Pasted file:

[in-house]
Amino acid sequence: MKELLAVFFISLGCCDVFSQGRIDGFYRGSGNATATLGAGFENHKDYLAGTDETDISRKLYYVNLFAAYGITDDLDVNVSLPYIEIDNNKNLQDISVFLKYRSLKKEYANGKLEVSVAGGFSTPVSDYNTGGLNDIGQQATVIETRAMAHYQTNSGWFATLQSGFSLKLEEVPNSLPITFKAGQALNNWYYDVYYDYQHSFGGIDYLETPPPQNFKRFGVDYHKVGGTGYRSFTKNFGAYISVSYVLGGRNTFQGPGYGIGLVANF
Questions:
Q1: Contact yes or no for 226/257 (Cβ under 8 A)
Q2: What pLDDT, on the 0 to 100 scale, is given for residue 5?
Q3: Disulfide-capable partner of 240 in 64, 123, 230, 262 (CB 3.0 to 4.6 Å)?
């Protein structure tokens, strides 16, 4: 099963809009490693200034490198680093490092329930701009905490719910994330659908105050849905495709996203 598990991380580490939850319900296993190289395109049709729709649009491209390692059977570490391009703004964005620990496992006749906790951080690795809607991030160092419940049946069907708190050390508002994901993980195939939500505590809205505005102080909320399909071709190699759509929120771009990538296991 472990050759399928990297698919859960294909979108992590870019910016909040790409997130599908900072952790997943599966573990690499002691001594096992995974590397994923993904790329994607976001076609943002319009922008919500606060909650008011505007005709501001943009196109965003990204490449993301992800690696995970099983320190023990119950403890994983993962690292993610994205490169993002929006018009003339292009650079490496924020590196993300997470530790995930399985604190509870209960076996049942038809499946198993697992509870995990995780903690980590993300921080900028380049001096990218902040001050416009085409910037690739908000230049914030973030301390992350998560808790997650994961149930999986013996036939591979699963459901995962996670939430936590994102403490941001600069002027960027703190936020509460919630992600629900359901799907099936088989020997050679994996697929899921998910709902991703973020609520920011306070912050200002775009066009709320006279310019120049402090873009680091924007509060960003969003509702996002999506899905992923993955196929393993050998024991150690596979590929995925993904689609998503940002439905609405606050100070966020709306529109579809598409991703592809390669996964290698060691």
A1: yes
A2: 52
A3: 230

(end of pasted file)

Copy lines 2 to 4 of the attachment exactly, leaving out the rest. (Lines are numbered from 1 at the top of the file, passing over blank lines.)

Amino acid sequence: MKELLAVFFISLGCCDVFSQGRIDGFYRGSGNATATLGAGFENHKDYLAGTDETDISRKLYYVNLFAAYGITDDLDVNVSLPYIEIDNNKNLQDISVFLKYRSLKKEYANGKLEVSVAGGFSTPVSDYNTGGLNDIGQQATVIETRAMAHYQTNSGWFATLQSGFSLKLEEVPNSLPITFKAGQALNNWYYDVYYDYQHSFGGIDYLETPPPQNFKRFGVDYHKVGGTGYRSFTKNFGAYISVSYVLGGRNTFQGPGYGIGLVANF
Questions:
Q1: Contact yes or no for 226/257 (Cβ under 8 A)